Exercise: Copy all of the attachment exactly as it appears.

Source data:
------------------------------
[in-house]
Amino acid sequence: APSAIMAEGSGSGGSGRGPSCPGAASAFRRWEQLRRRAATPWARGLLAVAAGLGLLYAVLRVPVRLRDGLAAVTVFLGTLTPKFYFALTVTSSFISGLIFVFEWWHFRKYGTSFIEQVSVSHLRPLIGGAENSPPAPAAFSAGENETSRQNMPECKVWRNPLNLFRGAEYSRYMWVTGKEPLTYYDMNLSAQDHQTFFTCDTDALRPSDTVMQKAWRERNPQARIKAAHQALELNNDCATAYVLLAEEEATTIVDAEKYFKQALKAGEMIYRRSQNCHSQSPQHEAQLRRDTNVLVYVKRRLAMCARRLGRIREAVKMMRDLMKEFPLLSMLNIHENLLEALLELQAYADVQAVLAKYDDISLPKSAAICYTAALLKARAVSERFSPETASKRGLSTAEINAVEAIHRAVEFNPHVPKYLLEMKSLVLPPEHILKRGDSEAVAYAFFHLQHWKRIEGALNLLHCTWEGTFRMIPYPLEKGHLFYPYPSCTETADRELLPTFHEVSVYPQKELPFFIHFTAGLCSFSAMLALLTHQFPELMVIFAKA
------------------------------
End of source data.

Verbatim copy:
[in-house]
Amino acid sequence: APSAIMAEGSGSGGSGRGPSCPGAASAFRRWEQLRRRAATPWARGLLAVAAGLGLLYAVLRVPVRLRDGLAAVTVFLGTLTPKFYFALTVTSSFISGLIFVFEWWHFRKYGTSFIEQVSVSHLRPLIGGAENSPPAPAAFSAGENETSRQNMPECKVWRNPLNLFRGAEYSRYMWVTGKEPLTYYDMNLSAQDHQTFFTCDTDALRPSDTVMQKAWRERNPQARIKAAHQALELNNDCATAYVLLAEEEATTIVDAEKYFKQALKAGEMIYRRSQNCHSQSPQHEAQLRRDTNVLVYVKRRLAMCARRLGRIREAVKMMRDLMKEFPLLSMLNIHENLLEALLELQAYADVQAVLAKYDDISLPKSAAICYTAALLKARAVSERFSPETASKRGLSTAEINAVEAIHRAVEFNPHVPKYLLEMKSLVLPPEHILKRGDSEAVAYAFFHLQHWKRIEGALNLLHCTWEGTFRMIPYPLEKGHLFYPYPSCTETADRELLPTFHEVSVYPQKELPFFIHFTAGLCSFSAMLALLTHQFPELMVIFAKA